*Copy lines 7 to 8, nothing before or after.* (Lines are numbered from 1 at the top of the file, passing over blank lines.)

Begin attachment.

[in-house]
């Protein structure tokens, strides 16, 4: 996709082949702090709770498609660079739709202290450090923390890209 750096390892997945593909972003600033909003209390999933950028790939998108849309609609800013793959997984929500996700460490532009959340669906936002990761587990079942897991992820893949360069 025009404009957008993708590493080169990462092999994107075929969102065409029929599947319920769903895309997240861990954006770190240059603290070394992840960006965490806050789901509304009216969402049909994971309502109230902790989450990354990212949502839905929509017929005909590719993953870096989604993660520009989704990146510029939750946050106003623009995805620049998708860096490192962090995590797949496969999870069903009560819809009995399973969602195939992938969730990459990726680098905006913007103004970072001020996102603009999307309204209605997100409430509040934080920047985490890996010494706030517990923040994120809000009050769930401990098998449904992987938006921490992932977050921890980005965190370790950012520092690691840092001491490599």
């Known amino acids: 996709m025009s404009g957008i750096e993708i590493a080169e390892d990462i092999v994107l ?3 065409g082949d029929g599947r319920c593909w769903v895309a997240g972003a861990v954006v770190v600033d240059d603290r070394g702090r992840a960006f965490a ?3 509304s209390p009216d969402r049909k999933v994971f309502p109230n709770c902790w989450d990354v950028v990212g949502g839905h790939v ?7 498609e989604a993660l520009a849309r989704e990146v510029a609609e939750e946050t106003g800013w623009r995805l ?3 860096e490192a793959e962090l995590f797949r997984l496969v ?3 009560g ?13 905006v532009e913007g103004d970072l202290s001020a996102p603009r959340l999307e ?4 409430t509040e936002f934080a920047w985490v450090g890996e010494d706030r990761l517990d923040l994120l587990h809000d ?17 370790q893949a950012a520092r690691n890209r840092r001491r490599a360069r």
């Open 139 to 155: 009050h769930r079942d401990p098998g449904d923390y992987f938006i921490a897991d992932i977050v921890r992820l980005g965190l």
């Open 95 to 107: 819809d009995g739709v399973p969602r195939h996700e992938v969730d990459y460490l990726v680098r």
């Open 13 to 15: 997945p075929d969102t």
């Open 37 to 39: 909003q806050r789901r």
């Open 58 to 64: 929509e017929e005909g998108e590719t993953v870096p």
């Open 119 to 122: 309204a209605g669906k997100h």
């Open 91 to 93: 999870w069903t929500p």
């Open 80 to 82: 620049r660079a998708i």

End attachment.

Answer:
């Open 37 to 39: 909003q806050r789901r």
């Open 58 to 64: 929509e017929e005909g998108e590719t993953v870096p």